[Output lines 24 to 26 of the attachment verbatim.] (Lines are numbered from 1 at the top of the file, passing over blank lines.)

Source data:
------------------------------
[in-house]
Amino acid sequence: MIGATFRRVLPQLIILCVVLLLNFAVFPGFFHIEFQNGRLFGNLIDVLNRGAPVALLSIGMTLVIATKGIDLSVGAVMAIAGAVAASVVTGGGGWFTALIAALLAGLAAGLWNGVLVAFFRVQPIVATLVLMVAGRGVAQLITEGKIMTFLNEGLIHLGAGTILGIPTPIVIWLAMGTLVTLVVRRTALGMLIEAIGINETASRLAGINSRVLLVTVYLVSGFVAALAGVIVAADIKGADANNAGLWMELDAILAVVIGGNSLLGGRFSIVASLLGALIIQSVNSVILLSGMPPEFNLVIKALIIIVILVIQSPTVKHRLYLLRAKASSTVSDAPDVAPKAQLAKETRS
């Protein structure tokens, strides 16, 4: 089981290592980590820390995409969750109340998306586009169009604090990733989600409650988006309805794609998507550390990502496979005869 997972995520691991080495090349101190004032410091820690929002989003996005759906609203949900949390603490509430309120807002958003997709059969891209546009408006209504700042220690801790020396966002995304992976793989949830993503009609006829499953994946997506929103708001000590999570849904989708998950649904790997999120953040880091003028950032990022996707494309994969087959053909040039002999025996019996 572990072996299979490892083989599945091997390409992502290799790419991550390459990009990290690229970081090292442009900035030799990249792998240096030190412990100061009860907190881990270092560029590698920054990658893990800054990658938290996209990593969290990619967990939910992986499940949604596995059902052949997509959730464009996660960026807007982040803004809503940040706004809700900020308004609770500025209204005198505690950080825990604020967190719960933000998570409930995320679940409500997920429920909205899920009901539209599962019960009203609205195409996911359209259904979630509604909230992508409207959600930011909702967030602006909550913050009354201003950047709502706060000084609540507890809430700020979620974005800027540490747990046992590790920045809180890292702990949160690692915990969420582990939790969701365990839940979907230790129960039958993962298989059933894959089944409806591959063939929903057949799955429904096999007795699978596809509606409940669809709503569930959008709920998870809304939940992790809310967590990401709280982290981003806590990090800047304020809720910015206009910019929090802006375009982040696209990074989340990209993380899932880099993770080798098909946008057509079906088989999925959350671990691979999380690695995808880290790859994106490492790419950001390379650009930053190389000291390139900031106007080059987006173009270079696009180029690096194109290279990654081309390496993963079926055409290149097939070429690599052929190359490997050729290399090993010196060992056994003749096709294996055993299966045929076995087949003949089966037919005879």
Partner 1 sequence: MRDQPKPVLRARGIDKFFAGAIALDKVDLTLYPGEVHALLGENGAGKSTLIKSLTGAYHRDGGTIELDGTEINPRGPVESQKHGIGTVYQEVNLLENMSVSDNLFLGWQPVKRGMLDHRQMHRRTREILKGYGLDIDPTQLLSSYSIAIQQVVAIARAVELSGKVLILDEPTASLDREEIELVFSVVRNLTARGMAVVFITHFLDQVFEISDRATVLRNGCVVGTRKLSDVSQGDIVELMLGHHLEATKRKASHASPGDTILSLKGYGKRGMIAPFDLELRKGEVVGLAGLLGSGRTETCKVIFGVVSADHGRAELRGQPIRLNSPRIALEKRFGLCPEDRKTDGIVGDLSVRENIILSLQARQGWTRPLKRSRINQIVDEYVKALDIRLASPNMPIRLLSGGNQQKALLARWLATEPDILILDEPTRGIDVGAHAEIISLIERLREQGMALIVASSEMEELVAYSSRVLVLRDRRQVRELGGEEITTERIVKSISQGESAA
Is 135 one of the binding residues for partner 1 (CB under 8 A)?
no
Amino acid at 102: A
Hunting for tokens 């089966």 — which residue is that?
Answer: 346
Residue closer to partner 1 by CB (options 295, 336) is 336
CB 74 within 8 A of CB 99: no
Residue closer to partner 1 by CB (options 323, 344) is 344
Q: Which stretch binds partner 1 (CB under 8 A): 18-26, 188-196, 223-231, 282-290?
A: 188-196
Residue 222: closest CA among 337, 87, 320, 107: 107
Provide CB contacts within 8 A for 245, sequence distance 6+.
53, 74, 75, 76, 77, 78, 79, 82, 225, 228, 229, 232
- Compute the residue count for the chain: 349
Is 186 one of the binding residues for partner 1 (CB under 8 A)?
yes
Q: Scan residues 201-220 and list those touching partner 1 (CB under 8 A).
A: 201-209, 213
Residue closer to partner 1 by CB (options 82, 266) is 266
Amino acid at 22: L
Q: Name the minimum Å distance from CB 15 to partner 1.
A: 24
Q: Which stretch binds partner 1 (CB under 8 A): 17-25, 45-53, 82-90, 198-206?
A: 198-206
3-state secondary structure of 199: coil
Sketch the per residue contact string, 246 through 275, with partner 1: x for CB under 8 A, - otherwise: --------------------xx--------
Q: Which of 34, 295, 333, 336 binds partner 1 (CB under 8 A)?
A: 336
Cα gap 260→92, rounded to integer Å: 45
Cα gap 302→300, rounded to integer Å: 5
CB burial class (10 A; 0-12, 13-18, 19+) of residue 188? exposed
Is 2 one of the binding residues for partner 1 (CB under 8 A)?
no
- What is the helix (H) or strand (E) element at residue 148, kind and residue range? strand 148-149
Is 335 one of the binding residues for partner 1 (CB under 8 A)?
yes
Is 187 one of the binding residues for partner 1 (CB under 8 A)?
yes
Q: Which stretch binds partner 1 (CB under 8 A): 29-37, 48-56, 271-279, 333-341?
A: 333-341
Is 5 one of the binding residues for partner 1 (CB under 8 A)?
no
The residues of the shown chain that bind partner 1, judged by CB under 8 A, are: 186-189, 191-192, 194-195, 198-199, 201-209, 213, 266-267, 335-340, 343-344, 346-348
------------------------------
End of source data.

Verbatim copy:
Amino acid at 22: L
Q: Name the minimum Å distance from CB 15 to partner 1.
A: 24